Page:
The ‘Ships of the ’45’ have arrived, or I should say has arrived. Written by John S. Gibson and published in 1967 the Keeper of the Rolls of Scotland Sir James Fergusson of Kilkerran mentions in the cover that the book “…has brought into focus the naval side of the ’45 …”(The Bonnie Prince Charlie rebellion of 1745) “… Mr Gibson is not fanciful in suggesting that their experiences as junior officers in the ’45 may have helped to shape the characters and careers of four famous admirals – Rodney, Howe, Duff and Duncan.” The Navy’s involvement in this must therefore have several good stories. I’ve glanced through the book and one things has jumped out – when Charlie boarded the French ship to be taken to France “there were about sixty Scots who by his (Pince Charlie’s) order were put ashore.” That’s a quote from a report written at the time. It turns out these Scots were put off because “…they were not commissioned officers”. Just the kind of treatment handed out by Bonnie Prince Charlie to his faithful Highlanders! It creates the idea of a difficult choice for a protagonist, Charlie’s father, the Old Pretender was king by hereditary right and according to the contemporary reading of the Bible but Charlie is not someone worthy of respect, never mind loyalty. What should he do?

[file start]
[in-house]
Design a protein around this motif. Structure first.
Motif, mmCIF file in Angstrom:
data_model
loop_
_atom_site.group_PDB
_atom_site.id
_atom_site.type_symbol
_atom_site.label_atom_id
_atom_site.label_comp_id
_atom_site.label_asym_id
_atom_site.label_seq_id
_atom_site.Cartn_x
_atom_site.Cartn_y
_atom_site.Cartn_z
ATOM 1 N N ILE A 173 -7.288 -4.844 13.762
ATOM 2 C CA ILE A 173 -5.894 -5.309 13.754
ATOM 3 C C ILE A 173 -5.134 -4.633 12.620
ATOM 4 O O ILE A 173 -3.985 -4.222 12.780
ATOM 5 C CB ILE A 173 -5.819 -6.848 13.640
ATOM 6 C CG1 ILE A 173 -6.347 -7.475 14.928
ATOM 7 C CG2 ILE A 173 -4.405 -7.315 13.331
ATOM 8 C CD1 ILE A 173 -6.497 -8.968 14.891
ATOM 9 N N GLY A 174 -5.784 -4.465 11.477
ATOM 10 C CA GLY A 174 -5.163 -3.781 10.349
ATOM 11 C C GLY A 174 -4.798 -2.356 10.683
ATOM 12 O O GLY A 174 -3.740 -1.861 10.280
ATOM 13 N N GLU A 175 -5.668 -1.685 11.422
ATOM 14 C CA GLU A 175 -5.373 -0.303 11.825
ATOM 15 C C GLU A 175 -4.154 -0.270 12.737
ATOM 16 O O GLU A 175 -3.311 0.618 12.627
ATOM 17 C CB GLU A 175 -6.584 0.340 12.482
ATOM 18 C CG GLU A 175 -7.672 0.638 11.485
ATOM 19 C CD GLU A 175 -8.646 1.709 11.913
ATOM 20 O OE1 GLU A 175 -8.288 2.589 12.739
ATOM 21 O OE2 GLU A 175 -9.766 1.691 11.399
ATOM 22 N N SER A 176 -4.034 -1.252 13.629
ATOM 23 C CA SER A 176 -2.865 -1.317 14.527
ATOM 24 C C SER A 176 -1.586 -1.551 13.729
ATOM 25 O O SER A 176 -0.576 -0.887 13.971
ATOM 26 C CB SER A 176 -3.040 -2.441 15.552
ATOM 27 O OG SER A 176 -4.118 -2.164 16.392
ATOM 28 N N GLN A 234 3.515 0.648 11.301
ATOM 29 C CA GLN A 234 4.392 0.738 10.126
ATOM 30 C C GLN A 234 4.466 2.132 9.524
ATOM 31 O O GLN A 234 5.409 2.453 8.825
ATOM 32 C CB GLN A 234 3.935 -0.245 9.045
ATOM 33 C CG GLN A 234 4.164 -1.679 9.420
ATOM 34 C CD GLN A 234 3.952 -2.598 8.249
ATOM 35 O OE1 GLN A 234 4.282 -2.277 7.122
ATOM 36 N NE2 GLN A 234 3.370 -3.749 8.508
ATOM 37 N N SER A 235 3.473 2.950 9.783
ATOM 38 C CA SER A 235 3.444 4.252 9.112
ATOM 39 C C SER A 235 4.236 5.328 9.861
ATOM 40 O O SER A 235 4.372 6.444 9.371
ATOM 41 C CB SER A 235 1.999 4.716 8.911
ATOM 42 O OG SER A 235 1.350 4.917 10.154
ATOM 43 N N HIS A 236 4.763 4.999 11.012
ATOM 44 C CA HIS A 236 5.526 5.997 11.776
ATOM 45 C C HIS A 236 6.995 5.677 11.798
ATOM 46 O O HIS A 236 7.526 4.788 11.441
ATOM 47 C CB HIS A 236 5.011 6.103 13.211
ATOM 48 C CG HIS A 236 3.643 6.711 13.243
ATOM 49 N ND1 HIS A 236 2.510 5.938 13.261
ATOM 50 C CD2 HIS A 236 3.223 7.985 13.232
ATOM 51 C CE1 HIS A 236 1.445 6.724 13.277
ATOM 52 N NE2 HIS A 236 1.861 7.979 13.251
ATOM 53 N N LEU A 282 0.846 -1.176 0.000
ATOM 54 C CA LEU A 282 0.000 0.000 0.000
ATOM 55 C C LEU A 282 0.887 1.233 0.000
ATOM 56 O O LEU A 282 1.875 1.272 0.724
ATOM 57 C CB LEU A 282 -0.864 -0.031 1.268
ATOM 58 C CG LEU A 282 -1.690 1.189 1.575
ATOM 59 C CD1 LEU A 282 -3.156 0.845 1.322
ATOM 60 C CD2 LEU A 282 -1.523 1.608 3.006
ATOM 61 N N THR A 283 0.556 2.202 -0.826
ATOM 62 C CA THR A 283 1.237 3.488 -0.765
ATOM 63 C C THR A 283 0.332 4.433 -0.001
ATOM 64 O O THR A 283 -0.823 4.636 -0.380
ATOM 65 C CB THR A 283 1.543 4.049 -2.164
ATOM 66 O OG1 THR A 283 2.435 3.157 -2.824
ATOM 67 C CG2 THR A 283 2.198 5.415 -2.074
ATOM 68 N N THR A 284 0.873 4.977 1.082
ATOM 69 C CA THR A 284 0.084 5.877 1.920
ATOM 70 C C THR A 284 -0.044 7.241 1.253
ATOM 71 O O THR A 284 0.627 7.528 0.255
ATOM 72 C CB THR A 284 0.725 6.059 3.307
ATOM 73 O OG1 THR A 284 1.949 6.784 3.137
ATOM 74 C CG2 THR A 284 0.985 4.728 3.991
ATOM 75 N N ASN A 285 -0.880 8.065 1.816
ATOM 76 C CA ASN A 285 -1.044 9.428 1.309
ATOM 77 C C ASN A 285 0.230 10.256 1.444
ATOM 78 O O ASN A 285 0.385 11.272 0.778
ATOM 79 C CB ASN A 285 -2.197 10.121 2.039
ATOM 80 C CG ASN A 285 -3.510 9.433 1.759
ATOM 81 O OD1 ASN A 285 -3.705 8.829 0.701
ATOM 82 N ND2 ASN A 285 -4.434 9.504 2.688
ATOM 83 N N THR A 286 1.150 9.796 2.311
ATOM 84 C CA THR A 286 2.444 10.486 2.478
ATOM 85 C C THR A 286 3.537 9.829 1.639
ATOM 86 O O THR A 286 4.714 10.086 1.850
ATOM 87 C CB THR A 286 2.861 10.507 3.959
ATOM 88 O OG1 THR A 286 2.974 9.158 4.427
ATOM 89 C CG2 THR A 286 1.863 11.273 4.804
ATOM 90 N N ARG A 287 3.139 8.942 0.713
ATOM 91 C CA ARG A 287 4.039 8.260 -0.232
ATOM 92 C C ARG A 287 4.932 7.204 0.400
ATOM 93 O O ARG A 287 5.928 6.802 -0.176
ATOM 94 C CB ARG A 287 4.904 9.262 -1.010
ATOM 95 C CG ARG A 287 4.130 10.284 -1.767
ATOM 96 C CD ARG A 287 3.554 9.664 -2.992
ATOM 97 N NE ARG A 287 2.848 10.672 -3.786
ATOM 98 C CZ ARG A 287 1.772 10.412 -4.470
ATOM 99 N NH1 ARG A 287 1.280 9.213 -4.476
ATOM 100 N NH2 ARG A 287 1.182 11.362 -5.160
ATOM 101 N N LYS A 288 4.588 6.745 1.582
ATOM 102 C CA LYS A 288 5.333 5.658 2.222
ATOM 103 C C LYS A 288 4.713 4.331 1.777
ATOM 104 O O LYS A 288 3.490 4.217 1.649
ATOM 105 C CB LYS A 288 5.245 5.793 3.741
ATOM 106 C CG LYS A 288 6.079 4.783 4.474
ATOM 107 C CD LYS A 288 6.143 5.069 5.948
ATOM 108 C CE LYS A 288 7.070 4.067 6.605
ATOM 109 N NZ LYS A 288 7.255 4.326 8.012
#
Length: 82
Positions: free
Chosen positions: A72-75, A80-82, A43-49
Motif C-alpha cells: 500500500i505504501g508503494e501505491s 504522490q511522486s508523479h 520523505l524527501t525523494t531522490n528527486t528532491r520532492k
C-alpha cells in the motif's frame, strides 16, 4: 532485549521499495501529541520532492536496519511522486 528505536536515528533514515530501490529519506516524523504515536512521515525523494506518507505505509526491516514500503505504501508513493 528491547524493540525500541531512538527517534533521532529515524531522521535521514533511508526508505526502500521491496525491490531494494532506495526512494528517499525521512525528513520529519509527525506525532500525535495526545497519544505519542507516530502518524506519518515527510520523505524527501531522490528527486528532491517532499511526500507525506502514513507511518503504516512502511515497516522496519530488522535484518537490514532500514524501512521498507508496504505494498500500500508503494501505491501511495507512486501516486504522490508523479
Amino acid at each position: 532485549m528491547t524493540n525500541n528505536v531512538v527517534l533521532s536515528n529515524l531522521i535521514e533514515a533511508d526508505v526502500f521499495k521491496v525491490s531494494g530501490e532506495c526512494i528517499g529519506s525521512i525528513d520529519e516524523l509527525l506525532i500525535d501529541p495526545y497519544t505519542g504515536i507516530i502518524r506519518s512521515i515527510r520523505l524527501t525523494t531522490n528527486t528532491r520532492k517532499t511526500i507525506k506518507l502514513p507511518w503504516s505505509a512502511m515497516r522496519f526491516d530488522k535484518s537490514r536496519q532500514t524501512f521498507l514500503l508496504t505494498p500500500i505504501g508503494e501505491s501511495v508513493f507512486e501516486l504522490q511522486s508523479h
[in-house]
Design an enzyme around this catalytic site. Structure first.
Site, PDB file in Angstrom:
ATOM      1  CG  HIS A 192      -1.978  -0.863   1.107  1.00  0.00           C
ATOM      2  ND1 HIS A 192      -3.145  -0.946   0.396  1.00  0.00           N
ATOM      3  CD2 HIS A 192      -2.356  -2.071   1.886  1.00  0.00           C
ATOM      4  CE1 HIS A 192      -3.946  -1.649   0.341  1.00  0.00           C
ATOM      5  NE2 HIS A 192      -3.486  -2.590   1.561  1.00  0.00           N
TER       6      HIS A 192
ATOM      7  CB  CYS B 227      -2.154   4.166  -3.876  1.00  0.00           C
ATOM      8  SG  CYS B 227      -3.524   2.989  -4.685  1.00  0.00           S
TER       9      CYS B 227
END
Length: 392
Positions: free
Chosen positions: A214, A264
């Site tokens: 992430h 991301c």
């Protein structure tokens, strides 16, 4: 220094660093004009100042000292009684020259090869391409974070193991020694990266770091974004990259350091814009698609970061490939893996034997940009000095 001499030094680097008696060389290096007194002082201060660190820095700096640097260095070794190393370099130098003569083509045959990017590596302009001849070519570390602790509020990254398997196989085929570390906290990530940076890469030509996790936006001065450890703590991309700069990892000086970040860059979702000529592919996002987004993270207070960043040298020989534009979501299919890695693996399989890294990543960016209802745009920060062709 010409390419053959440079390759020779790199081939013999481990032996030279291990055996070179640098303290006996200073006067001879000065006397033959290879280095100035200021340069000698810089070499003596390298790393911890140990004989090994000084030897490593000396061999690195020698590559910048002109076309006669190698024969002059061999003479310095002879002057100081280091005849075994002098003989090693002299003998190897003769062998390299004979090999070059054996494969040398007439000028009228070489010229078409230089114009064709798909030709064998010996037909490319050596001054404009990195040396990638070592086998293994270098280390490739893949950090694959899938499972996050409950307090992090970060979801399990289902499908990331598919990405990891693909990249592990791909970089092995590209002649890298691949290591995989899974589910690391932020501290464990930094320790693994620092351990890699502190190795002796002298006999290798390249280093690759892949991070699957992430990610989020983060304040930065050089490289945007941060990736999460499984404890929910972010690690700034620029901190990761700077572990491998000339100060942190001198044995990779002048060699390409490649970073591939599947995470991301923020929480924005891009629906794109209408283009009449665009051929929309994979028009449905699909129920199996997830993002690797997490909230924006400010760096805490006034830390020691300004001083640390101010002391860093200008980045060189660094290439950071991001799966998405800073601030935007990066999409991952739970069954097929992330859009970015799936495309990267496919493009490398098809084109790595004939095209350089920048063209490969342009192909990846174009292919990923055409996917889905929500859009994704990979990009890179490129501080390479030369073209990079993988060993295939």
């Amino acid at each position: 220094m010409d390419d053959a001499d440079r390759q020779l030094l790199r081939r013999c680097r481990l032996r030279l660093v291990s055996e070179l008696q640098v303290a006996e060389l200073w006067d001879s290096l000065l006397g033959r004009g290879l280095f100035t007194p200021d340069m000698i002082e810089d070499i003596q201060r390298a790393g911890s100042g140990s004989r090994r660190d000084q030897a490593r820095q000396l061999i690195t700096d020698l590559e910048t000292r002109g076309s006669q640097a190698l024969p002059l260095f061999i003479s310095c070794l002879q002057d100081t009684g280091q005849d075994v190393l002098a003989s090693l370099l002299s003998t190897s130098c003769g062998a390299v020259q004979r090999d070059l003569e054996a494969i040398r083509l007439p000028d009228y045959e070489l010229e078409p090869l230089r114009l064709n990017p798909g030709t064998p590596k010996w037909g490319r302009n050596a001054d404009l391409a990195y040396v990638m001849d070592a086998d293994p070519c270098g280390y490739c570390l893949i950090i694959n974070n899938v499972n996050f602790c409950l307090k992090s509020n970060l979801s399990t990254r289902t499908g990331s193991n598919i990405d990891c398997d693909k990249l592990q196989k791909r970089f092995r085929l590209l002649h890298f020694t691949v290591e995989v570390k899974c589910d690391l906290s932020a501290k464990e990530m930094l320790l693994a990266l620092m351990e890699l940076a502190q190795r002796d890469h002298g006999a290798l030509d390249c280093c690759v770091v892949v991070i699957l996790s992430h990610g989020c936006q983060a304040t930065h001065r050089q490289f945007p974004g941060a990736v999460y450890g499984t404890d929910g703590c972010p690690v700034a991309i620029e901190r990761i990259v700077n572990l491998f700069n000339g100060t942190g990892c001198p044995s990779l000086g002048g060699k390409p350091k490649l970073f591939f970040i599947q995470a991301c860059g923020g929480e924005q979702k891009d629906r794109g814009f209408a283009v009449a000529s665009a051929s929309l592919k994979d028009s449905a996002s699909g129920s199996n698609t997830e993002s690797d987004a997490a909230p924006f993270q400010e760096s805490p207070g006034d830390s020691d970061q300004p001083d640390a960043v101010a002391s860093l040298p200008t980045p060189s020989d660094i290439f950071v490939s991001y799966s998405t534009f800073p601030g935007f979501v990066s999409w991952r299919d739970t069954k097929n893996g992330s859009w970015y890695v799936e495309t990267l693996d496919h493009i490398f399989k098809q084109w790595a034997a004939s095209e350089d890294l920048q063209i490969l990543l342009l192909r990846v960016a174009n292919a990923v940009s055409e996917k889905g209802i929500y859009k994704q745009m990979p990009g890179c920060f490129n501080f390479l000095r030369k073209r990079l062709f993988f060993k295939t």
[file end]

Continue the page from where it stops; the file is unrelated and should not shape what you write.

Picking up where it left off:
Jacobite Risings – Lenman